New Boston Historical Society
New Boston, New Hampshire
A. P. Smith's garage in the 1920s still had the ramp from McLane's Blacksmith & Carriage Shop
The Old Blacksmith Shop
4th of July parade in 1990s — photo by Carol Hulick
Garden center in 2021: the former site of the Old Blacksmith Shop
McLane's Blacksmith & Carriage Shop was built after the Fire of 1887.
Carriages were pushed up the ramp to the paint shop.
David Woodbury paid McLane 60 cents to shoe his horse in 1893
Old photographs of McLane's building show a ramp that enabled workmen to push the new carriages up to a paint shop on the second floor. There also was a harness shop upstairs; made there were the buckles and leather straps which attached your horse to your carriage.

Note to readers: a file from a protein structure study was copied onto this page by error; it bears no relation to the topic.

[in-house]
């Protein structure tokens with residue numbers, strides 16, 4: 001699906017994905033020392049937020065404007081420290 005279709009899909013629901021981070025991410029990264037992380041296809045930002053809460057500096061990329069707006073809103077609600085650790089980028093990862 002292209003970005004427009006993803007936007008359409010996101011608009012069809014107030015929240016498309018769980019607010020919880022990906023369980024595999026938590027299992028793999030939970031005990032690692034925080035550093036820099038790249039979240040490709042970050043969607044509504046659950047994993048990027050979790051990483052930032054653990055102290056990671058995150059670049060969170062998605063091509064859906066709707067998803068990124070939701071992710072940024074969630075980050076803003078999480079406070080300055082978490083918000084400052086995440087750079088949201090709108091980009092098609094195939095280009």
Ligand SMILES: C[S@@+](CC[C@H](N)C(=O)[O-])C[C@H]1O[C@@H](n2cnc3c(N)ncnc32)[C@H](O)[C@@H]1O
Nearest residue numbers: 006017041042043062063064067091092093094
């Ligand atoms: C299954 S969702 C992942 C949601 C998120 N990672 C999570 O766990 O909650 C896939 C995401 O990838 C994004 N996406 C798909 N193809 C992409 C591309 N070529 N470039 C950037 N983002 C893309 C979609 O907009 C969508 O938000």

After 1910, horseless carriages (or "automobiles") became more common in the streets of New Boston. The last blacksmith to work in this building was a man named Fogg, who shared space with the garage of A.P. Smith, a car mechanic who sold gasoline from a hand-cranked pump. (See photo at the top of this page.)
Sonata Fabrics — manufacturer of The Cathedral Tie
When Wells gave up the necktie business, Roger Babson bought the building to store records for his Gravity Research Foundation. Disappointed when the Foundation couldn't find a cure for gravity, Babson sold the Old Blacksmith Shop to Roland Sallada, whom you'll remember from the necktie factory. Sallada manufactured greeting cards here; Dick Moody remembers seeing the old printing machine in the cellar, all covered with greeting card glitter.
In the late 1960s, the building was bought by Richard Moore and his partners in Plastic Techniques (PTI), which manufactured specialty plastic parts using rotational molds. After PTI moved from New Boston to Goffstown, the factory became an auto parts store — first Frank Crawford's, then NAPA. When NAPA relocated to a new store on the Weare Road, the old building in the center of town was taken down.
Factory Café concept by architects Ingram/Wallace of Manchester NH